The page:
By Dr. Graham A. Colditz, Siteman Cancer Center
It’s not what many kids want to hear right now, but the new school year is just around the corner. Even while the long days remain filled with summer activities, families are starting to make plans for the first day of school and the coming year.
While it’s hard to know what might happen with the ongoing pandemic, hopefully this school year will feel more “normal” than the last two. With this return to school comes the chance to help our school-aged children to get back to more normal health routines. Some recent research highlights two areas families could focus on, including physical activity and youth vaccinations.
One paper, appearing this July in JAMA Pediatrics, put specific numbers to something many of us have suspected: that children and teens the world over were less physically active during the pandemic compared to before. Overall, the study’s authors found that the daily level of activity in youth ages 3 to 18 dropped by 20 percent. That is a large amount, particularly for something that has such important health benefits for children. Regular physical activity can help with healthy weight and bone health, and provide a boost in mood – among other benefits. Plus, youth who are regularly active are also more likely to become regularly active adults, where such health benefits continue to build.
With most of our regular routines so upended during the pandemic, it’s likely to take some effort to help the youth in our lives continue to get back to their pre-pandemic levels of activity. Family walks and regular visits to the park, playground and recreation centers are great approaches. Slowly cutting back on screen time is also likely an important part of helping kids rebuild their overall activity level. Kids’ screen time, including online games and video streaming, increased during the pandemic. Helping them cut back can open up more opportunities for them to engage in physical activity.
On top of the decrease in physical activity, studies have also found that the pandemic has had an important impact on rates of youth vaccination. One paper published this spring in Morbidity and Mortality Weekly Report looked specifically at vaccine coverage in kindergarteners and found lower rates of vaccination in the 2020-21 school year than the previous school year, which began before the pandemic.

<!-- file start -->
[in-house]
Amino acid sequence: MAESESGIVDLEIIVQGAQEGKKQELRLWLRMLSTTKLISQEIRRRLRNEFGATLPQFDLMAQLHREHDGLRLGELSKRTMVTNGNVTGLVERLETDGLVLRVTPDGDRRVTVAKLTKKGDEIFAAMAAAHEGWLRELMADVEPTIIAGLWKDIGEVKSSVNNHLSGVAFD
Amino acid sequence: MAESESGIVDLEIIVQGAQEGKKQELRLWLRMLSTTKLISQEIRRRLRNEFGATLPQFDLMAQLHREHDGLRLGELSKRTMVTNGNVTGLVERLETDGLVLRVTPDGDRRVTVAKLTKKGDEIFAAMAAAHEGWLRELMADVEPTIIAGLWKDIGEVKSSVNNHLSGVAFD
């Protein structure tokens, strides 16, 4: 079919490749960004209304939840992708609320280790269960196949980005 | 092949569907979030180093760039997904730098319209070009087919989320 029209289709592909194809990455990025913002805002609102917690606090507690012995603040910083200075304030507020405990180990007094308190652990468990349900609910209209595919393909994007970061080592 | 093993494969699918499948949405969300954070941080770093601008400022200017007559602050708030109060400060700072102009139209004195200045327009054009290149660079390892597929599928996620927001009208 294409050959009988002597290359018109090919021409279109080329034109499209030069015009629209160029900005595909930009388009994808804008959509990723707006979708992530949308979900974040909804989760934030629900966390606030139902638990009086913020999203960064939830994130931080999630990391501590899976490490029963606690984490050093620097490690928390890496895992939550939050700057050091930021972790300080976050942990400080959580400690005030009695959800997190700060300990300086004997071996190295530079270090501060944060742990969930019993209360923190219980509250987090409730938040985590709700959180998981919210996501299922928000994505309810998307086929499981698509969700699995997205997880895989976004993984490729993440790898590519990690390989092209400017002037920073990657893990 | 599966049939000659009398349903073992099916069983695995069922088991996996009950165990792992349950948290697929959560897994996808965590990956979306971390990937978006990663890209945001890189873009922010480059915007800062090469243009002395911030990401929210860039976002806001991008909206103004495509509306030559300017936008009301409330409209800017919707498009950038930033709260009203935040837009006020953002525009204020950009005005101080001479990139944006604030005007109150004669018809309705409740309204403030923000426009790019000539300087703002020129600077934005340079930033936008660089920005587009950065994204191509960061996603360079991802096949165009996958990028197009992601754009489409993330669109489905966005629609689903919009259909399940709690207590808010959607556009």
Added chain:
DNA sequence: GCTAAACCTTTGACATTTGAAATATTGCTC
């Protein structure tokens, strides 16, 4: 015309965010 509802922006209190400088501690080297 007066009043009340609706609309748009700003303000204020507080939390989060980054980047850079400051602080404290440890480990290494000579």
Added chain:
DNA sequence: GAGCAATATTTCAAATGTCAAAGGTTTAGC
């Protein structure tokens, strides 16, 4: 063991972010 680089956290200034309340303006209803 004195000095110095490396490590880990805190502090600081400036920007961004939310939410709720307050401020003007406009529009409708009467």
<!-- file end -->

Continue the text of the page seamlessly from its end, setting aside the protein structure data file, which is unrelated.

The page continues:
The disruptions in healthcare and well-child visits during the pandemic make it understandable that rates of vaccinations would drop. Skipped vaccine doses, though, can make children more vulnerable to preventable diseases. This includes vaccines that are most commonly required to enroll in school, as well as the HPV vaccine, which protects against human papillomavirus (HPV). HPV infection can increase the risk of a number of cancers later in life.
If you haven’t done so in the past year, schedule a well-child visit with your healthcare provider to make sure your school-aged children are up to date on all recommended vaccines. With the pandemic ongoing and new COVID-19 variants developing, getting kids vaccinated against COVID-19 remains important as well. It’s recommended that children 6 months and up get the COVID-19 vaccine, which not only helps protect their health but also the health of friends and family members.
Though it may not always feel like it to our school-aged kids, the beginning of the school year is something to celebrate. It helps mark how far they’ve come and the promise of the new year. That also makes it a great time to help them get back on track with routines that help improve their health—now and into the future.
It’s your family’s health. Take control.
EDITOR’S NOTE: Dr. Graham A. Colditz, associate director of prevention and control at Siteman Cancer Center at Barnes-Jewish Hospital and Washington University School of Medicine in St. Louis, is an internationally recognized leader in cancer prevention and the creator of the free prevention tool YourDiseaseRisk.com. The Phelps Health Delbert Day Cancer Institute is part of the Siteman Cancer Network.